The current anti-domestic violence law in Kurdistan imposes a punishment of one to three years of jail and a fine of 5 million to 10 million Iraqi dinars (approximately $4,000 to $8,000) for those performing or participating in FGM on minors.
But the draft raises the fine from 15 million to 50 million Iraqi dinars (around $11,000 to $38,000) for the same offenses.
“I believe it is necessary to make the punishments more severe so that people will be motivated to keep away from certain crimes,” said Faqe, a parliament member who has been involved in discussions to prepare the MERI-Ministry of Interior draft.
But some say that due to the sensitive nature of FGM, it is better if no attempts are made to change items that deal with it in the current law.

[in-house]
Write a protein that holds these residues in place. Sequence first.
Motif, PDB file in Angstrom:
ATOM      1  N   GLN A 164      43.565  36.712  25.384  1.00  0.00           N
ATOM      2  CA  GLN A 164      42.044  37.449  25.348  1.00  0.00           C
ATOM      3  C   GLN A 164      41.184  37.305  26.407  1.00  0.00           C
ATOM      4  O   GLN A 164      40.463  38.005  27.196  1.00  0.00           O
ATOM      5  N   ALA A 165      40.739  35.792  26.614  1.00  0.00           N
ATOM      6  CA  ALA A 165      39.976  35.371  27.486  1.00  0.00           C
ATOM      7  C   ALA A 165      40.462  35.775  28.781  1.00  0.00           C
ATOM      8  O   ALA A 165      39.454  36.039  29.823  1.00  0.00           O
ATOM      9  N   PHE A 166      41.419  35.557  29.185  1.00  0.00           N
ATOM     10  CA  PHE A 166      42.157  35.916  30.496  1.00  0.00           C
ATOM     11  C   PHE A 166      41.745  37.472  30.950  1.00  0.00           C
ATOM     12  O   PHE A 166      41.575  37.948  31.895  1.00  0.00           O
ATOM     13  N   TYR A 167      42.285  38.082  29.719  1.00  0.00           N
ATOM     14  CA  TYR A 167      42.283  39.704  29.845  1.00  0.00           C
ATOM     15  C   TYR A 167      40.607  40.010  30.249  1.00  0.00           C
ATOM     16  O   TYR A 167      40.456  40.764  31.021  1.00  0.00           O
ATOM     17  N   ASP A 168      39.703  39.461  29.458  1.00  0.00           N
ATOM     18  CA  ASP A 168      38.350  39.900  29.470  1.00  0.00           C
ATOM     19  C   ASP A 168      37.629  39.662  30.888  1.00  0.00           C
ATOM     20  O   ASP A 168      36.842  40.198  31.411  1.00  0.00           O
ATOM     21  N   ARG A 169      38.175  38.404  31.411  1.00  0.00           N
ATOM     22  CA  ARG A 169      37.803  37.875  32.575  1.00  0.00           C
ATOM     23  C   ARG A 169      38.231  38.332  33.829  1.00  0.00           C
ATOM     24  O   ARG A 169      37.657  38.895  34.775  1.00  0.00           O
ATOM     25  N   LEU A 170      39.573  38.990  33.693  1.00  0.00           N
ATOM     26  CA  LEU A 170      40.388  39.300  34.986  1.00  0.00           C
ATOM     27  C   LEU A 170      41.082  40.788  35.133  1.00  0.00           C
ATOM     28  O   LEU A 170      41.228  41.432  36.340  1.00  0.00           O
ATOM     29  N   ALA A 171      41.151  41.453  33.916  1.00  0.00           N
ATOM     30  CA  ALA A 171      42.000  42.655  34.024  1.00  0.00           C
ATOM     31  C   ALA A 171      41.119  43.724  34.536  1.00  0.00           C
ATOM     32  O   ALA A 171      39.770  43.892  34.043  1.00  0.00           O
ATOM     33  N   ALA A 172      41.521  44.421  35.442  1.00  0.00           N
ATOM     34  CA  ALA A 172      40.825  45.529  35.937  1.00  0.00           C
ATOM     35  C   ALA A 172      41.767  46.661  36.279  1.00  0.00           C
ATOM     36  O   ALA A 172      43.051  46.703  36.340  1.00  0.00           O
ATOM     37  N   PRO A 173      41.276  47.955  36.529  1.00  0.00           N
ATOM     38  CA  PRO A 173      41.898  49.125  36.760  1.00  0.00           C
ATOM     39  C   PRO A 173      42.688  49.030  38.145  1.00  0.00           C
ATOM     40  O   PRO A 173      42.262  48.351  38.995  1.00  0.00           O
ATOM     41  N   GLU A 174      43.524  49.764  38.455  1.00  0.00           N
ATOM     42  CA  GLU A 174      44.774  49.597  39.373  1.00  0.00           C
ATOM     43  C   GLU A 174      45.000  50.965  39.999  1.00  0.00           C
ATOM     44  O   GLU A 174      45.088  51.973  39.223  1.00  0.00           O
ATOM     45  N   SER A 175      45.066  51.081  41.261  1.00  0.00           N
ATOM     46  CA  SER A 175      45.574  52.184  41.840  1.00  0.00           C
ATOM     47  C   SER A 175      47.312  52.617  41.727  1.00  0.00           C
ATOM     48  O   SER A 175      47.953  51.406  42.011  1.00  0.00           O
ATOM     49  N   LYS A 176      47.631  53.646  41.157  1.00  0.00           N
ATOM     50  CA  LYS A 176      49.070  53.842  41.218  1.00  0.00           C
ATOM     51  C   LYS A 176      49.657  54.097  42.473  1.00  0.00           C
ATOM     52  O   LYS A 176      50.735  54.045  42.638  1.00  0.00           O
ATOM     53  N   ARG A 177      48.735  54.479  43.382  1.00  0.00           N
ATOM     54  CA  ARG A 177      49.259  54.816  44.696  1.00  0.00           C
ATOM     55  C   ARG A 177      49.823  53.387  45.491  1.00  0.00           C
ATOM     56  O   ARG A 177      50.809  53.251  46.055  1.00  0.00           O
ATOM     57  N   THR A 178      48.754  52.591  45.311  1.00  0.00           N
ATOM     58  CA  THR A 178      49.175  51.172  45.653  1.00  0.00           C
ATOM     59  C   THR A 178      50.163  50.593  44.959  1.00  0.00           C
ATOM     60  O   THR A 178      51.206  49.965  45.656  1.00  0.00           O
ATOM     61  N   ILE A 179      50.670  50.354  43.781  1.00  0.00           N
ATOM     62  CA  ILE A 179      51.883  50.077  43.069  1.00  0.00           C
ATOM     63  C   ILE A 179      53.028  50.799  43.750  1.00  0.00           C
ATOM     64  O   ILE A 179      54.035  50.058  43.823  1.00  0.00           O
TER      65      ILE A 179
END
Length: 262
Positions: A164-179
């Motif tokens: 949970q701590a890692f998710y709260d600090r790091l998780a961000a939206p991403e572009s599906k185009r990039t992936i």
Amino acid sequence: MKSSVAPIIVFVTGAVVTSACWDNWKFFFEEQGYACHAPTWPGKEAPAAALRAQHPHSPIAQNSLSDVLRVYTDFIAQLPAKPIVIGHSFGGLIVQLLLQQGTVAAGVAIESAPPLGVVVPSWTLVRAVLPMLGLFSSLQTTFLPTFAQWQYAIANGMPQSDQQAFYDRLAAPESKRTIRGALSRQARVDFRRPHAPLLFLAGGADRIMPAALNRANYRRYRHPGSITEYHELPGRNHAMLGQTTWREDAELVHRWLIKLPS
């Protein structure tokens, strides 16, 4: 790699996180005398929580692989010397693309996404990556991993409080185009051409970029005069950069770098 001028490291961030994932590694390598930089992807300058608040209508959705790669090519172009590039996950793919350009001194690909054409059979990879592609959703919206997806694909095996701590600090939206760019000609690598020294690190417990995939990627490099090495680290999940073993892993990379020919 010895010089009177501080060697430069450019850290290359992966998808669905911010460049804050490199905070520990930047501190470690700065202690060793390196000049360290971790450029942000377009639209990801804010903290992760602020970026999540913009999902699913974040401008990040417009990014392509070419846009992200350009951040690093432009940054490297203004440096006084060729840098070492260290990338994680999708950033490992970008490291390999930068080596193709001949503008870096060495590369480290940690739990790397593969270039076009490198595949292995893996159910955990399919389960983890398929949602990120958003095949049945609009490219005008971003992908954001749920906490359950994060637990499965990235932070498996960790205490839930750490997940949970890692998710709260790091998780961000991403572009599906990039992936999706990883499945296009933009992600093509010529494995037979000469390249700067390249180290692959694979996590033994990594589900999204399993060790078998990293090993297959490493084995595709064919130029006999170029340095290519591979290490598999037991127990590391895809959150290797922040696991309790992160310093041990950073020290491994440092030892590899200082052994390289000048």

“Changing the provisions in the current law regarding FGM might actually lead to discussions in parliament that might water down penalties set for the practice,” said Tara Ali Arif, a founding member of the Women Legal Assistance Organization that has also prepared its own amendment draft.
FGM and the early marriage of girls might be seen by some as endorsed by religion. But Faqe, who is a member of the Kurdistan Islamic Union, said, “There is nothing in the draft that is contradictory with Islamic principles.”
She added, “Islam is not in favor of violence and calls for justice and equality.”
Arif sees it as necessary that the amendments limit the number of times that a victim can pardon the defendant, to one.